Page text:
In your own words – Marc Skriver-Bayer, top talent at Q8
What were you like when you studied at CBS?
I was incredibly active and showed up for all of my classes without fail. I was in the Graduate Diploma programme, where you have to prioritise your time strictly, and I quickly discovered that the best way for me to learn was to participate in class. On top of that, I was social and made an effort to talk to everyone in class and get to know them. I also went all out with group work, especially when we did large projects. There I thought it important that we took the time to get away from the computer and have fun.
How did you get your first job after graduating from CBS?
I had barely turned in my thesis at CBS when our CFO called to hear if I was ready to take over the controller team in Stockholm. I would have never been offered the opportunity to manage and present the financial reports for a Scandinavian company with a turnover of 33 billion DKK at age 25 without that diploma. Suddenly I was manager of a group of Swedes with an enormous amount of responsibility and monthly presentations to the Executive Board, which was both cool and scary.
Which moments in your career have been defining – and how?
I was lucky enough to get a foothold as a trainee in a company like Q8 after completing secondary school. The company cultivated a trainee culture and an organisation that was geared to provide the necessary support. I have benefitted from some excellent bosses and colleagues in a tailored training programme that has given me the prerequisites to grow with my responsibilities. I’m 29 now and am celebrating my tenth anniversary. That was not even something I could have imagined when I went to my job interview at 19 still wet behind the ears.
Ongoing accomplishments are also incredibly significant. You start by doing a presentation in your department, then in a larger forum and then for your boss, then the Executive Board and, finally, the entire organisation and the Board of Directors. The gradual progression and feeling of ‘I can do this’ have been fantastic. The stable upward curve has been more important than any single moment.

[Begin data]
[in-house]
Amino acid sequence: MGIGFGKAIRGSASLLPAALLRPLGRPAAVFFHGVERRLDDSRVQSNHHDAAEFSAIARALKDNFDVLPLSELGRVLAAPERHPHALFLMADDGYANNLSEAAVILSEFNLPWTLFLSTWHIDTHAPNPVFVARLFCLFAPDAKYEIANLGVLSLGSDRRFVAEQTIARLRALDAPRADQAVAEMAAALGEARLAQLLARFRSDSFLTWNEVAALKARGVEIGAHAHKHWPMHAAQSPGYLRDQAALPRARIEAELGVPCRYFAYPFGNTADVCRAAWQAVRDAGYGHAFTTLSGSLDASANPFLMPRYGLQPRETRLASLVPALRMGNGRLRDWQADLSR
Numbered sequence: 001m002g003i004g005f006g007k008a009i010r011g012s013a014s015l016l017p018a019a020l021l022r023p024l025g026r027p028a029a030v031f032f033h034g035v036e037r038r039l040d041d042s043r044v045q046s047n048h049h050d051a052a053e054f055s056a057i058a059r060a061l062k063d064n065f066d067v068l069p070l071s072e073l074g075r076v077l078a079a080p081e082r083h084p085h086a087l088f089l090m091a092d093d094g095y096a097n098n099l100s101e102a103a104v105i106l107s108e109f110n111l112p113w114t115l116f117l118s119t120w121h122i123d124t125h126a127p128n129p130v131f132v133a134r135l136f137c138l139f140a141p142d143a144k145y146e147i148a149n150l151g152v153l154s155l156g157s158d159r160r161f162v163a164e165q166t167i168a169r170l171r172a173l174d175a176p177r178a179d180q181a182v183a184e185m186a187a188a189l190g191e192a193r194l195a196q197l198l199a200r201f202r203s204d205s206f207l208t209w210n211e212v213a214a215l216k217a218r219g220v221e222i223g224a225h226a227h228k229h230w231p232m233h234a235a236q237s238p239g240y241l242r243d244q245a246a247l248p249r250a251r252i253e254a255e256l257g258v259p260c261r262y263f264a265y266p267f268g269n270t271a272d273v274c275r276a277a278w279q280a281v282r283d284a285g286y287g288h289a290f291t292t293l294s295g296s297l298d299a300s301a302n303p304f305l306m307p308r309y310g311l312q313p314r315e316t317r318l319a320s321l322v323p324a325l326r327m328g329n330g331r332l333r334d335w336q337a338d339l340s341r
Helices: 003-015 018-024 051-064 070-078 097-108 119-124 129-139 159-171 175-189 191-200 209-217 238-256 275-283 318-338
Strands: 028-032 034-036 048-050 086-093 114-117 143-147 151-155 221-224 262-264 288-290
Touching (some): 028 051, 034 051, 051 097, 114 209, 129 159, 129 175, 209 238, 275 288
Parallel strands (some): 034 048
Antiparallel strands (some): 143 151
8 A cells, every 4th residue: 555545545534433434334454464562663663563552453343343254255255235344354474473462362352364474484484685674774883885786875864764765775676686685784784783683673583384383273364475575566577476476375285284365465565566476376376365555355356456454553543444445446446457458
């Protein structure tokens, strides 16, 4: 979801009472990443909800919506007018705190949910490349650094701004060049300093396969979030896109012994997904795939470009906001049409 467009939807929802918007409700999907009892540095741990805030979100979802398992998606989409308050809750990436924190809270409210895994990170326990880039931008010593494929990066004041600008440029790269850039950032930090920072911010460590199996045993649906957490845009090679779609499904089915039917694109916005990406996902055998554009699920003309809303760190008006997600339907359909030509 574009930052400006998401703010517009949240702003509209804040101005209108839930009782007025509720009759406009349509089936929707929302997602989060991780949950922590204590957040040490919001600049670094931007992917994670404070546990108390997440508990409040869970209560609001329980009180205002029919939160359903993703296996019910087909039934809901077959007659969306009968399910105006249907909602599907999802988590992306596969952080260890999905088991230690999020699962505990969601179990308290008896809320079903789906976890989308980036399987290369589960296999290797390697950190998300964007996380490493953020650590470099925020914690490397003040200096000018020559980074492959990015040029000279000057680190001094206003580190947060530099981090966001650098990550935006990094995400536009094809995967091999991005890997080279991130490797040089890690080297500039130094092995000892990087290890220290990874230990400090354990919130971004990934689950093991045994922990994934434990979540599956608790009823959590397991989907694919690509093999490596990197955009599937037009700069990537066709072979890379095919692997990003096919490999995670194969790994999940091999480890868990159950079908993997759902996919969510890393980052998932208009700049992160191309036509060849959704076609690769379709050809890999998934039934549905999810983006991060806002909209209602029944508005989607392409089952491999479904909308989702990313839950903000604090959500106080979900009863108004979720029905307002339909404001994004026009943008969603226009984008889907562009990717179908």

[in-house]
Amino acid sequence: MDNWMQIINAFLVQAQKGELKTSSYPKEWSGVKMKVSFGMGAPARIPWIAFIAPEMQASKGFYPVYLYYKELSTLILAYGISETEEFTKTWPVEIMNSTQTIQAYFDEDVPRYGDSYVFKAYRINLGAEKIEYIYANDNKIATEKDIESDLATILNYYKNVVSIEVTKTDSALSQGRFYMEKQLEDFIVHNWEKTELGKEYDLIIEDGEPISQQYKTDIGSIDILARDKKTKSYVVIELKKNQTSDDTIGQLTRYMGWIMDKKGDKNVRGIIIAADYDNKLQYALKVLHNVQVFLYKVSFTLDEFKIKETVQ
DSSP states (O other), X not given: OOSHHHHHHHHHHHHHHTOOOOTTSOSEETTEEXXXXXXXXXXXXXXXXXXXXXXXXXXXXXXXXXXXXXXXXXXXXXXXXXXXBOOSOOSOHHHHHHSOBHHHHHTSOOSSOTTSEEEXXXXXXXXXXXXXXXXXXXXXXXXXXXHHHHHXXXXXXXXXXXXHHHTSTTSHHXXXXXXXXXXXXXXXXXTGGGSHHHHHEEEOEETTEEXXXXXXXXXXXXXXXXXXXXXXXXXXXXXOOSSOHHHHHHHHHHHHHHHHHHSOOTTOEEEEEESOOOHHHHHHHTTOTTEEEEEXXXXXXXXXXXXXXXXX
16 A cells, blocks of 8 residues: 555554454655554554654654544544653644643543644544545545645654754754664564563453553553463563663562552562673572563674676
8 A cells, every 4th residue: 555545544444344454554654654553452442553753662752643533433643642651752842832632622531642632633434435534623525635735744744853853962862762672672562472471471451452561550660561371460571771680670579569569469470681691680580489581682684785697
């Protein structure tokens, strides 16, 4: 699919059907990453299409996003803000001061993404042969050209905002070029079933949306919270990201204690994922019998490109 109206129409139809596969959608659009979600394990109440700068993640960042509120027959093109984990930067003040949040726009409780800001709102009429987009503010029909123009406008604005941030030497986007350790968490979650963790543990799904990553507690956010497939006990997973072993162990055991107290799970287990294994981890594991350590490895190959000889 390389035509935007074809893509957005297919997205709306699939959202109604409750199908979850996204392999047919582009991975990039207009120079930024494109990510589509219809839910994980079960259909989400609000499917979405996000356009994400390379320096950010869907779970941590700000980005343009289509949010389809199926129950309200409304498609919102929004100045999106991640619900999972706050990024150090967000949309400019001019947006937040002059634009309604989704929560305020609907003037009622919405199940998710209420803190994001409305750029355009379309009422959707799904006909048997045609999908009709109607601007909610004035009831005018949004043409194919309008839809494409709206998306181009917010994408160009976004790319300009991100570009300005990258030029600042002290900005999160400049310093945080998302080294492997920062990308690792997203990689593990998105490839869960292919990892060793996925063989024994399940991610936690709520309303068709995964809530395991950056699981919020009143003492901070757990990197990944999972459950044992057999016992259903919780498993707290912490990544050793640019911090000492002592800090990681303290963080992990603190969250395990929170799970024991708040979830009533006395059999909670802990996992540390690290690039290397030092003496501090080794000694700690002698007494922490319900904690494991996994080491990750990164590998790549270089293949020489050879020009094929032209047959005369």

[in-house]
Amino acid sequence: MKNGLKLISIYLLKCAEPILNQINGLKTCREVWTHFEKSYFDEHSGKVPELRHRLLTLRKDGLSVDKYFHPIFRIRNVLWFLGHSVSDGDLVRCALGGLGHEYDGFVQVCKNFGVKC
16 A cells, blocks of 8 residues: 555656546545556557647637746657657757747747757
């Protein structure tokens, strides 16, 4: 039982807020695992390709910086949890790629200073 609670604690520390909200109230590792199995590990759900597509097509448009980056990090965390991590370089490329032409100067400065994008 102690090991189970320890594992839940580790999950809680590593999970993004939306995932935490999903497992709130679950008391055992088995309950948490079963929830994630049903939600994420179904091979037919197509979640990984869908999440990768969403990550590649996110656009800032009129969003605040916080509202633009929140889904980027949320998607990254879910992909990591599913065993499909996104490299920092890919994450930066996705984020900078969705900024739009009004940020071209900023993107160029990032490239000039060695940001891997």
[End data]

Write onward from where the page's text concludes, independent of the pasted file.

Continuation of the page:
One important period was when my current boss took a sabbatical for three months when it was time to put the budget for the coming year together. I remember those three months as complete and utter chaos with too many work hours, but also as immensely educational. I had to step up to the plate, rise to the occation and figure out how to turn the myriad of complex numbers into a simple, understandable storyline. I still remember the confused look on the management group’s faces when we presented the initial draft. We succeeded in the end, of course.
This spring, I was recognised for my stable performance when Berlingske Business named me one of ‘Denmark’s 100 Biggest Business Talents’, which was incredibly cool but surrealistic.
What is the most valuable experience you gained while at CBS that you still use in your daily work?
That the theoretical models you are taught are an incredibly good foundation for discussion in the workplace and for making a complex world simpler. I also learned a great deal about communication and that diversity can create the biggest results, if you communicate well.
Have you maintained a relation to CBS since graduating?
Yes, I was a guest lecturer once and I’m also going to be part of CBS' Mentor Programme this year. Personally, I’ve tried to keep in touch with my study groups from both the Diploma and the Graduate Diploma programme.